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THE wicked are difmayed when they look for ward and confider their end, or the time of their departure. To the good man it is defirable-" He then refts from his labors, and his works follow him." St. Paul, “ had a desire to depart, and be with Chrift." He knew that "a crown of right. eousness was laid up for him, which the Lord, the righteous Judge, would give him at that day." This was not peculiar to him; it is common to all thofe " who love Chrift's appearing." Those now in glory were lately fufferers here: But their fufferings are ended-" They have entered into peace: They reft in their beds, walking in their uprightness."
II. OUR fubject teacheth the conditions on which only we can hope for peace in death, and happinefs after death. These depend of, the ufe which we make of life-on the manner in which we are affected by the overtures made us in the gospel; they are the fruit of receiving Chrift and obeying the gospel; for it brings falvation only to those who obey it.
WOULD we" die the death of the righteous, and have our last end like his," our lives must be preparatory--we must "mind the things which belong to our peace-live in all good confcience before God, and not fuffer ourfelves to be moved away from the hope of the gofpel."
III. THOUGH When "the mystery of God shall be finished, his judgments will be made manifest ;” hitherto, "his way is in the fea, and his judgments are a great deep." We know that his way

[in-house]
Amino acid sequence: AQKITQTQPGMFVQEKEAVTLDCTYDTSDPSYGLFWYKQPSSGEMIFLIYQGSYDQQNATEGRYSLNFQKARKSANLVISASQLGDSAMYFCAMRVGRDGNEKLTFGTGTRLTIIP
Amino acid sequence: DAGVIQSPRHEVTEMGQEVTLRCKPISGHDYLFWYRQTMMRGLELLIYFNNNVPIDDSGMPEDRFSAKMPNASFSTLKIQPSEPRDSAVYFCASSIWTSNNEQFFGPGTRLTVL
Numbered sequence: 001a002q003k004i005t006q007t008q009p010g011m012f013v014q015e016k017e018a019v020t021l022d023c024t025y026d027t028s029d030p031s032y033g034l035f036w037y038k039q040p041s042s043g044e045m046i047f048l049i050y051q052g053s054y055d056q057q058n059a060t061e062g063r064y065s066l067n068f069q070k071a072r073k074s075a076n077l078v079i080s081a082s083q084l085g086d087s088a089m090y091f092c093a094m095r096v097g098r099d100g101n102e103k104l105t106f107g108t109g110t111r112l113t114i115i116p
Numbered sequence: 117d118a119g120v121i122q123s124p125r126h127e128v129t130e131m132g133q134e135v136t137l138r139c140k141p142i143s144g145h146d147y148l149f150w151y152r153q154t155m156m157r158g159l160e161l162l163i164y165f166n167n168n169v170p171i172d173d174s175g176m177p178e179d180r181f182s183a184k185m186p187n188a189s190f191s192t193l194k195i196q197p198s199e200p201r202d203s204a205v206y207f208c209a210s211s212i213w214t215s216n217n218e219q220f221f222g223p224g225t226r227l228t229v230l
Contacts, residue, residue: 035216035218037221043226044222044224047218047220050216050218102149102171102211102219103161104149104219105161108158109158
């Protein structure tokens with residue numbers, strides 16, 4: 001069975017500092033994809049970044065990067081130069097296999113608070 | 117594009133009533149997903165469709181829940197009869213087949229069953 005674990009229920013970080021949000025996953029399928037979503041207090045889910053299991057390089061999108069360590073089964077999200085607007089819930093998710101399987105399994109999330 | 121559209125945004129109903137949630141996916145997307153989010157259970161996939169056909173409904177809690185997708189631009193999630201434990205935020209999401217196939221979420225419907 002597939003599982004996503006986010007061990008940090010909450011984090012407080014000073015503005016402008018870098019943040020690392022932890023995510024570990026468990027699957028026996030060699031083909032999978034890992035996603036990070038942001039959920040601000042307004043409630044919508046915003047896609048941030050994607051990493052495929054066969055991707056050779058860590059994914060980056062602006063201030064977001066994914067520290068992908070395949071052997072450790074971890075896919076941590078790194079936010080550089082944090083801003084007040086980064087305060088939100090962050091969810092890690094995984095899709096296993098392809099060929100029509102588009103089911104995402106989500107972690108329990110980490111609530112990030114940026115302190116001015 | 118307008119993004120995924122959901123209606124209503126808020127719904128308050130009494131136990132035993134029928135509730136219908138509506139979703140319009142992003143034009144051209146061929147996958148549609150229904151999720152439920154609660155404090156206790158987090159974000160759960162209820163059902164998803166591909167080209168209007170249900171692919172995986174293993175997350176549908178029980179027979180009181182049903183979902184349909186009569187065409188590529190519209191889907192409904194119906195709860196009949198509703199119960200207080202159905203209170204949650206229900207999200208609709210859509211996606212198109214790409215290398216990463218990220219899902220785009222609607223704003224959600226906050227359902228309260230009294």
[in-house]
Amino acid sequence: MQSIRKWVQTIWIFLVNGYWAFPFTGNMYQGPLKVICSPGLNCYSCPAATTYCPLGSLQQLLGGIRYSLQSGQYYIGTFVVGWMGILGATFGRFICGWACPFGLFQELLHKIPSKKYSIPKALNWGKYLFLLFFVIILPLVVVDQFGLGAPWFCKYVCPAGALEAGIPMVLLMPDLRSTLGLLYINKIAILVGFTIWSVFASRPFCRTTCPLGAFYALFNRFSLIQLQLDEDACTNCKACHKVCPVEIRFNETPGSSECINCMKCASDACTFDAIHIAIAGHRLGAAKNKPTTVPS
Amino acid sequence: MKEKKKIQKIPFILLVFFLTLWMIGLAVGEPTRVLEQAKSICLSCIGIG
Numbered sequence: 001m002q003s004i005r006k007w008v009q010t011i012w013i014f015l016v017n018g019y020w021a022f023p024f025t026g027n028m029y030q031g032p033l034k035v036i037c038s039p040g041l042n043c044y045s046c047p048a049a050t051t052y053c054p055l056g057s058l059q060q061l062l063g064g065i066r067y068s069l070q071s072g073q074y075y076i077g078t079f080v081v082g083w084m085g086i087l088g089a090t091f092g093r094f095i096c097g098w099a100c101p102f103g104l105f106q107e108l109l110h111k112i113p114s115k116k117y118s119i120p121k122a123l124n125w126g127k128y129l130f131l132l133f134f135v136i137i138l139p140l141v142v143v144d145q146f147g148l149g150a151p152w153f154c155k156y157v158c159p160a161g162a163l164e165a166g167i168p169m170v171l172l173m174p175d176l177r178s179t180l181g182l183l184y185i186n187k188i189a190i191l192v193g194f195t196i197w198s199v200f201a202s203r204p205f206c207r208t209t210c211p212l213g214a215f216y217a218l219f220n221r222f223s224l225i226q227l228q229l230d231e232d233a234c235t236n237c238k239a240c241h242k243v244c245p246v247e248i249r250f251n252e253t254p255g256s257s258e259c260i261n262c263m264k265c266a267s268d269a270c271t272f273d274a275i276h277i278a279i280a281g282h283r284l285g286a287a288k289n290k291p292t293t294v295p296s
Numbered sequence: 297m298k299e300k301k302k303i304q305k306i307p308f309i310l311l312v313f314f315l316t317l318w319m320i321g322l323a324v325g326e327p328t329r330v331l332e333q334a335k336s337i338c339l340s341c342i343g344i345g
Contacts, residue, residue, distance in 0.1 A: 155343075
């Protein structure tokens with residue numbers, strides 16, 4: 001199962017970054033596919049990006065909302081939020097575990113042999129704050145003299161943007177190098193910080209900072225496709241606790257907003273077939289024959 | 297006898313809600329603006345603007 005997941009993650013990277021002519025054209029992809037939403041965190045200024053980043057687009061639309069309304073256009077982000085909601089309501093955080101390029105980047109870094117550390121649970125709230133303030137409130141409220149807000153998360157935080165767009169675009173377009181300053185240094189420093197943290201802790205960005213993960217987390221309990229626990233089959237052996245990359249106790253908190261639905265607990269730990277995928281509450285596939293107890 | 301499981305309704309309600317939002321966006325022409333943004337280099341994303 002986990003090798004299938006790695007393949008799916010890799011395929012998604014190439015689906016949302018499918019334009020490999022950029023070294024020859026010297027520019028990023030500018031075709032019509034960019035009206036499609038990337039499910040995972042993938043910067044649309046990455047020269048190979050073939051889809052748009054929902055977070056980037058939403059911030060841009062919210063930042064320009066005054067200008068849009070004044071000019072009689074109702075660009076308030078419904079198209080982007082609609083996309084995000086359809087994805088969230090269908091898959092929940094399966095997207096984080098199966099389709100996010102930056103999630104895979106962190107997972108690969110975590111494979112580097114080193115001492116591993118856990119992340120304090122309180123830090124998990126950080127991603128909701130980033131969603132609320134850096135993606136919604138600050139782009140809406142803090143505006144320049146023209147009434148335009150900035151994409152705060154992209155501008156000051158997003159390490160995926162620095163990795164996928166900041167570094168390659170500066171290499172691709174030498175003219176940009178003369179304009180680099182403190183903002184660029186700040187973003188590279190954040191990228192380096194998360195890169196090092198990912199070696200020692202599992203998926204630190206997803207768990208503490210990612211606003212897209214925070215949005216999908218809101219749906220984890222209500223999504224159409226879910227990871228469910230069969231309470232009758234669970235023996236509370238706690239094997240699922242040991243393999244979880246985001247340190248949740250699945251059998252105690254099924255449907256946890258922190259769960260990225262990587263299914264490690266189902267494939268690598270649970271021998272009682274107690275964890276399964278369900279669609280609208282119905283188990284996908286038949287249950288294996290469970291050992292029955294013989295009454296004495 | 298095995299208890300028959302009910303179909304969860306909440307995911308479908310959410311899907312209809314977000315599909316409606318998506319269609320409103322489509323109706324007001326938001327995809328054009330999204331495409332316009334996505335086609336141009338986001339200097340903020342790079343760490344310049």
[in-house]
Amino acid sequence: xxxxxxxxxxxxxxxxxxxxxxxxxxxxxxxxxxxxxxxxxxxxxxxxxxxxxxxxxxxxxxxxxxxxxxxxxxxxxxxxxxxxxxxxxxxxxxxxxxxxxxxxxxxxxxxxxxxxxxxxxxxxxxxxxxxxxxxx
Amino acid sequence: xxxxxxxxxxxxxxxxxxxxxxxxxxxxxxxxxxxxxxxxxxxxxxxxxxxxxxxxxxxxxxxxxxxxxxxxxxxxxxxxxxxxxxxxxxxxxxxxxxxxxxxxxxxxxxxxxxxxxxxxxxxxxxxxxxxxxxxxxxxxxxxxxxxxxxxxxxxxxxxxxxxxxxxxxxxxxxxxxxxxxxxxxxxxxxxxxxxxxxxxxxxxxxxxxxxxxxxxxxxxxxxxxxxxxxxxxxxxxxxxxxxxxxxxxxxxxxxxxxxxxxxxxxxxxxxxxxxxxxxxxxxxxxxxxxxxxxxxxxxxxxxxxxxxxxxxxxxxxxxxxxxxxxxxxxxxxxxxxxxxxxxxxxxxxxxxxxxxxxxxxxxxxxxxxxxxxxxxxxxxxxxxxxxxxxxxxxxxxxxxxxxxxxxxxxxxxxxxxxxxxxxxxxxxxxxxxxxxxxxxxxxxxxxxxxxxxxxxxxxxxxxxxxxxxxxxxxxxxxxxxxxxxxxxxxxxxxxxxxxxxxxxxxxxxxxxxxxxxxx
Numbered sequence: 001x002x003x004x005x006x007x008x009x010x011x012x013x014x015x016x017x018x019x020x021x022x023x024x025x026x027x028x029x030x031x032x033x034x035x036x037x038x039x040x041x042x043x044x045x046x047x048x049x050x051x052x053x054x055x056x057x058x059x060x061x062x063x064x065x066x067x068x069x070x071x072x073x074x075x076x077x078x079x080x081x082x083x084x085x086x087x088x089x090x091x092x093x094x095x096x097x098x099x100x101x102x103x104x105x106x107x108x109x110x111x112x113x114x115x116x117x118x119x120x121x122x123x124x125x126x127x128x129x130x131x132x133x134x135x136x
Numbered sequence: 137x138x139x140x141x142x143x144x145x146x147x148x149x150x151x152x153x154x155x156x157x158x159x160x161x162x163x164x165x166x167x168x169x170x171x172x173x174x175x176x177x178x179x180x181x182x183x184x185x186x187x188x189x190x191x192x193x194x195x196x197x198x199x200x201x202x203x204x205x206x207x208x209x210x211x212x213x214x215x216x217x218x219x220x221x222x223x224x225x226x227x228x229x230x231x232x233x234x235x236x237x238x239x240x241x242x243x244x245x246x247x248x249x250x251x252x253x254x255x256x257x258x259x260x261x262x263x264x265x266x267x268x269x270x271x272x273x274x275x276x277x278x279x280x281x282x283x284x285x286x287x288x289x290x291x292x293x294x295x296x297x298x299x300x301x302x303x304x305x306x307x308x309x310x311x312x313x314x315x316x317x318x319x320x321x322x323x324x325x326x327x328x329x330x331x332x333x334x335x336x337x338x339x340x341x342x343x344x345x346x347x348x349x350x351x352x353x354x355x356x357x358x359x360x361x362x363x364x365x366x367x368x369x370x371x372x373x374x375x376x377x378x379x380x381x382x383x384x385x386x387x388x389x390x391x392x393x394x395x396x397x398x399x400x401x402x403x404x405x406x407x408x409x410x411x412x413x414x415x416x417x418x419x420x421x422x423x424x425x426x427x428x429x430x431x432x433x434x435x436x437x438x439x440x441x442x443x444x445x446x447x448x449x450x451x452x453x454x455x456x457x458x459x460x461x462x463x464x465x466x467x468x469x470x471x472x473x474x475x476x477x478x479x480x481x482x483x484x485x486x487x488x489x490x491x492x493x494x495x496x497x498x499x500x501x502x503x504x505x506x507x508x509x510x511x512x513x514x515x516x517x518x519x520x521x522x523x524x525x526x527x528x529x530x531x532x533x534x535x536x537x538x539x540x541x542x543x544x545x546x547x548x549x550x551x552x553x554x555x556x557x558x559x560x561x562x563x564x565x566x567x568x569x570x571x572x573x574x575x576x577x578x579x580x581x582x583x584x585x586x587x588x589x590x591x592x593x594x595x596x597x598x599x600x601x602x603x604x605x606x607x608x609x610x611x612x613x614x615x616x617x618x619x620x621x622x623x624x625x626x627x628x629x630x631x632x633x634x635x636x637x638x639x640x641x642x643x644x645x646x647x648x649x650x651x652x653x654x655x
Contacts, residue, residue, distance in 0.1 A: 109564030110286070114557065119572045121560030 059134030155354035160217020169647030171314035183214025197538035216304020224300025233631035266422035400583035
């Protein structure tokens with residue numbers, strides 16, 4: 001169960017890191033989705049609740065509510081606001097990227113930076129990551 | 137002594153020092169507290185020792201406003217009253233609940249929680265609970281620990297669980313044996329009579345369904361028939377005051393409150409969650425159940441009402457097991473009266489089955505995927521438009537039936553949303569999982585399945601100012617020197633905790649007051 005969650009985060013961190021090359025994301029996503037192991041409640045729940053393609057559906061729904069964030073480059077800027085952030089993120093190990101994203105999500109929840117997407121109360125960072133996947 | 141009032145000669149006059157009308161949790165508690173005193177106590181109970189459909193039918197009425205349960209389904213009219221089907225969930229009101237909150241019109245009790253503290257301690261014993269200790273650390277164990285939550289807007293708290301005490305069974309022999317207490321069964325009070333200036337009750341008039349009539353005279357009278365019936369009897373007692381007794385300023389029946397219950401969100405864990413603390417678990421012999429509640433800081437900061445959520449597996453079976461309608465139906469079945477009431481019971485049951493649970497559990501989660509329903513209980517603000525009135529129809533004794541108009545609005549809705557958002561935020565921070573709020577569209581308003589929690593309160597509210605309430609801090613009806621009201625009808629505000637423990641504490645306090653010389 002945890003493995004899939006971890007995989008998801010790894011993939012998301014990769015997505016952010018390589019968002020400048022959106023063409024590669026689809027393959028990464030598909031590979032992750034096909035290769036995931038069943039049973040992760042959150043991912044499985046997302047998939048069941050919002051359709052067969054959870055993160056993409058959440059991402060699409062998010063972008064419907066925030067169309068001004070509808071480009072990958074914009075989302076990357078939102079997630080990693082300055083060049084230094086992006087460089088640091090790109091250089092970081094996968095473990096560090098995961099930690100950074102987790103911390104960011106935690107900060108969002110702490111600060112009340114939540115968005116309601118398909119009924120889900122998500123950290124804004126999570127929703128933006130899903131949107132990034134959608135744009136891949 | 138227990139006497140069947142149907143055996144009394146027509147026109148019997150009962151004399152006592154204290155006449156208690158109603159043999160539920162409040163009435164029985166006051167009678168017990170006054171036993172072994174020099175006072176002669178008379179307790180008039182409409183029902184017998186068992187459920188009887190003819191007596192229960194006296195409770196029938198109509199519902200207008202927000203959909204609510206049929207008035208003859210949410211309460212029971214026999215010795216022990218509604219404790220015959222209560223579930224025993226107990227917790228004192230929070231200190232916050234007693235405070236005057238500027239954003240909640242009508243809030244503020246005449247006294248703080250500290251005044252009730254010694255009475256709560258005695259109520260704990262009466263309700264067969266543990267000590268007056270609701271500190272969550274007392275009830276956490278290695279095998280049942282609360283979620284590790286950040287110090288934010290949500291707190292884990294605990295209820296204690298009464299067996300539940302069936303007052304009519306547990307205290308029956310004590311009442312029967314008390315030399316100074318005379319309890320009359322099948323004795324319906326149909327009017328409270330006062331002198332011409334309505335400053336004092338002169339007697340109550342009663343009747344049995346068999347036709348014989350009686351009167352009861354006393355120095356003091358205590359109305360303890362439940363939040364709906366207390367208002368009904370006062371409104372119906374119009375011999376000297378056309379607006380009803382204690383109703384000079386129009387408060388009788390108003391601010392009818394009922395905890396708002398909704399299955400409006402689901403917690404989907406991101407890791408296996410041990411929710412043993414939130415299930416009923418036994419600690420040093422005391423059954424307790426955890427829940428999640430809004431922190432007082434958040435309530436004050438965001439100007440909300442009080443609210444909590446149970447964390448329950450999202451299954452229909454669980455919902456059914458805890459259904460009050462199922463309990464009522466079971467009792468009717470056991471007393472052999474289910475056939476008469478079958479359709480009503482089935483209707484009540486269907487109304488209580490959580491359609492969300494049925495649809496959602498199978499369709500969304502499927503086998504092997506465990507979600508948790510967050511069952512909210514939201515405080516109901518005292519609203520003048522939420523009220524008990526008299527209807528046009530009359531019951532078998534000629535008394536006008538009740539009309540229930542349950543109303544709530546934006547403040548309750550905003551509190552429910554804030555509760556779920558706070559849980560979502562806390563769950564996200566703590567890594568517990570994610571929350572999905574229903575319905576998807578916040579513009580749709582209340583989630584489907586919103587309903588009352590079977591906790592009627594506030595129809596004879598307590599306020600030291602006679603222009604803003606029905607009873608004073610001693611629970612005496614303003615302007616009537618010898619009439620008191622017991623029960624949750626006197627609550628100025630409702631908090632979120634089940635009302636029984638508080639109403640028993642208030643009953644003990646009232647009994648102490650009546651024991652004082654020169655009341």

is perfect; but witness many things in the divine adminiftration, which we do not understand. We have no line to fathom the depths of providence.
OFTEN the perfect and the upright are early removed out of life-those who are friends of religion, and fupporters of order and justice; whose hearts are filled with benevolence-who are the excellent of the earth! While thofe of different characters, who we should suppose might well be spared, yea, whofe removal, we fhould judge a mercy to the world, are left to prolong their days! Some who are early vicious, and daily grow worse, are never. theless continued, and permitted to dishonor God, and spread error and mischief among mankind, till at “an hundred years old they die accursed!”
SUCH events often occur, and under the divine administration! They are permitted of him who cannot mistake! In a fense, they are the Lord's doings, and marvellous in our eyes!"
"THE Lord reigneth, let the earth rejoiceClouds and darkness are round about him: Righteousness and judgment are the habitation of his throne. Wait on the Lord: Be of good courage, and he shall strengthen thine heart; wait, I fay, on the Lord."
REVELATION xxii. 9.
I am thy fellowservant, and of thy brethren the prophets. THE revelation made to St. John in the isle of Patmos, was a comfort to the fuffering apoftle, and a bleffing to the church. "Bleffed is he that readeth, and they that hear the words of this prophe cy." The beginning indeed was dark; the prophetic sketch, was for fometime, gloomy: It unfolded a ftrange fcene of declenfions and abominations, which were to difgrace the church of Christ and mar its beauty; and a dismal series of woes on woes, for many ages. The church, then fo pure, was to be corrupted, to become "the mother of harlots and abominations of the earth, and to make herfelf drunk with the blood of the faints and with the blood of the martyrs of Jefus !" When the apostle "faw, he wondered with great